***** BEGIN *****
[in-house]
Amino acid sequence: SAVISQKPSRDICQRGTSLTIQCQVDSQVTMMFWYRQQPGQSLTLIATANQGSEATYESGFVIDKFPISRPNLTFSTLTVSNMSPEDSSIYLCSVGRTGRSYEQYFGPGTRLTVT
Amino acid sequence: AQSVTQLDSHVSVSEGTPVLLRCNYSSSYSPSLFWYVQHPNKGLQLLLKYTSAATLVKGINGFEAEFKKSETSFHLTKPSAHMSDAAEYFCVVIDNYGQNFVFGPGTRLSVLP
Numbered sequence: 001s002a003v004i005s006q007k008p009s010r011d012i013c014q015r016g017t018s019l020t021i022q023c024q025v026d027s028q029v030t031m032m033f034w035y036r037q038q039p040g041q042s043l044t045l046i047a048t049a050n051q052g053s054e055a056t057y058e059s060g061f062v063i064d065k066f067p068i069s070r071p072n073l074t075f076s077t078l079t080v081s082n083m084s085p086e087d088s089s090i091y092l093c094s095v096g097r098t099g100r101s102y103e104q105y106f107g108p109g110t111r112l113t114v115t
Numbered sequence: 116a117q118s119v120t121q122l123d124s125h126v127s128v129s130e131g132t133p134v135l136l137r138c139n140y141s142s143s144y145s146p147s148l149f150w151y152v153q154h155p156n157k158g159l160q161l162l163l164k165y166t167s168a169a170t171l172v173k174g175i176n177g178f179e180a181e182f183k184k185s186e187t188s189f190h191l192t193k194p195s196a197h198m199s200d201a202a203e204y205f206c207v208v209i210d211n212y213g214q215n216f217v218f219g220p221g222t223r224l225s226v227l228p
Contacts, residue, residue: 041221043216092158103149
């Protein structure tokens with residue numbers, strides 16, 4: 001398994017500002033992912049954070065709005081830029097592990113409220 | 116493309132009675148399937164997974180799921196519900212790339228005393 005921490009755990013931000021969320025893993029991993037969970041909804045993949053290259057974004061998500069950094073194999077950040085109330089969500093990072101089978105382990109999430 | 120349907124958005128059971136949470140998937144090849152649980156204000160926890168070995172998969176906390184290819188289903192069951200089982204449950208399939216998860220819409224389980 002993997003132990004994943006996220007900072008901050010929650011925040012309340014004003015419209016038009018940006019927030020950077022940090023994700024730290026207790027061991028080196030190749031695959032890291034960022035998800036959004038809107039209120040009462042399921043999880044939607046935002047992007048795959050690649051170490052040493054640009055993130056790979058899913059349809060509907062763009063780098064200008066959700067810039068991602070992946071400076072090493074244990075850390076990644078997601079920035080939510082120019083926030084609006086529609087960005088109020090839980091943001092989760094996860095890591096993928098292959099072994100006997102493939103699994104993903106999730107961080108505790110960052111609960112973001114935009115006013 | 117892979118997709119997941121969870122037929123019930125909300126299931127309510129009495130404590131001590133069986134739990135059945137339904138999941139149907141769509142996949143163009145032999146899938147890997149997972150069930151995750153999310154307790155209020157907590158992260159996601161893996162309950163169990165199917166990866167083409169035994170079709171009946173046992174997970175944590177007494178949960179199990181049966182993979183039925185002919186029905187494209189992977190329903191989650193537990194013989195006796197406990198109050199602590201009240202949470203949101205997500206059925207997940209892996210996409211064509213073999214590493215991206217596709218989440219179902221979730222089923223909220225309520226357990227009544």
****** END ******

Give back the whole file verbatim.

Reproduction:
[in-house]
Amino acid sequence: SAVISQKPSRDICQRGTSLTIQCQVDSQVTMMFWYRQQPGQSLTLIATANQGSEATYESGFVIDKFPISRPNLTFSTLTVSNMSPEDSSIYLCSVGRTGRSYEQYFGPGTRLTVT
Amino acid sequence: AQSVTQLDSHVSVSEGTPVLLRCNYSSSYSPSLFWYVQHPNKGLQLLLKYTSAATLVKGINGFEAEFKKSETSFHLTKPSAHMSDAAEYFCVVIDNYGQNFVFGPGTRLSVLP
Numbered sequence: 001s002a003v004i005s006q007k008p009s010r011d012i013c014q015r016g017t018s019l020t021i022q023c024q025v026d027s028q029v030t031m032m033f034w035y036r037q038q039p040g041q042s043l044t045l046i047a048t049a050n051q052g053s054e055a056t057y058e059s060g061f062v063i064d065k066f067p068i069s070r071p072n073l074t075f076s077t078l079t080v081s082n083m084s085p086e087d088s089s090i091y092l093c094s095v096g097r098t099g100r101s102y103e104q105y106f107g108p109g110t111r112l113t114v115t
Numbered sequence: 116a117q118s119v120t121q122l123d124s125h126v127s128v129s130e131g132t133p134v135l136l137r138c139n140y141s142s143s144y145s146p147s148l149f150w151y152v153q154h155p156n157k158g159l160q161l162l163l164k165y166t167s168a169a170t171l172v173k174g175i176n177g178f179e180a181e182f183k184k185s186e187t188s189f190h191l192t193k194p195s196a197h198m199s200d201a202a203e204y205f206c207v208v209i210d211n212y213g214q215n216f217v218f219g220p221g222t223r224l225s226v227l228p
Contacts, residue, residue: 041221043216092158103149
């Protein structure tokens with residue numbers, strides 16, 4: 001398994017500002033992912049954070065709005081830029097592990113409220 | 116493309132009675148399937164997974180799921196519900212790339228005393 005921490009755990013931000021969320025893993029991993037969970041909804045993949053290259057974004061998500069950094073194999077950040085109330089969500093990072101089978105382990109999430 | 120349907124958005128059971136949470140998937144090849152649980156204000160926890168070995172998969176906390184290819188289903192069951200089982204449950208399939216998860220819409224389980 002993997003132990004994943006996220007900072008901050010929650011925040012309340014004003015419209016038009018940006019927030020950077022940090023994700024730290026207790027061991028080196030190749031695959032890291034960022035998800036959004038809107039209120040009462042399921043999880044939607046935002047992007048795959050690649051170490052040493054640009055993130056790979058899913059349809060509907062763009063780098064200008066959700067810039068991602070992946071400076072090493074244990075850390076990644078997601079920035080939510082120019083926030084609006086529609087960005088109020090839980091943001092989760094996860095890591096993928098292959099072994100006997102493939103699994104993903106999730107961080108505790110960052111609960112973001114935009115006013 | 117892979118997709119997941121969870122037929123019930125909300126299931127309510129009495130404590131001590133069986134739990135059945137339904138999941139149907141769509142996949143163009145032999146899938147890997149997972150069930151995750153999310154307790155209020157907590158992260159996601161893996162309950163169990165199917166990866167083409169035994170079709171009946173046992174997970175944590177007494178949960179199990181049966182993979183039925185002919186029905187494209189992977190329903191989650193537990194013989195006796197406990198109050199602590201009240202949470203949101205997500206059925207997940209892996210996409211064509213073999214590493215991206217596709218989440219179902221979730222089923223909220225309520226357990227009544």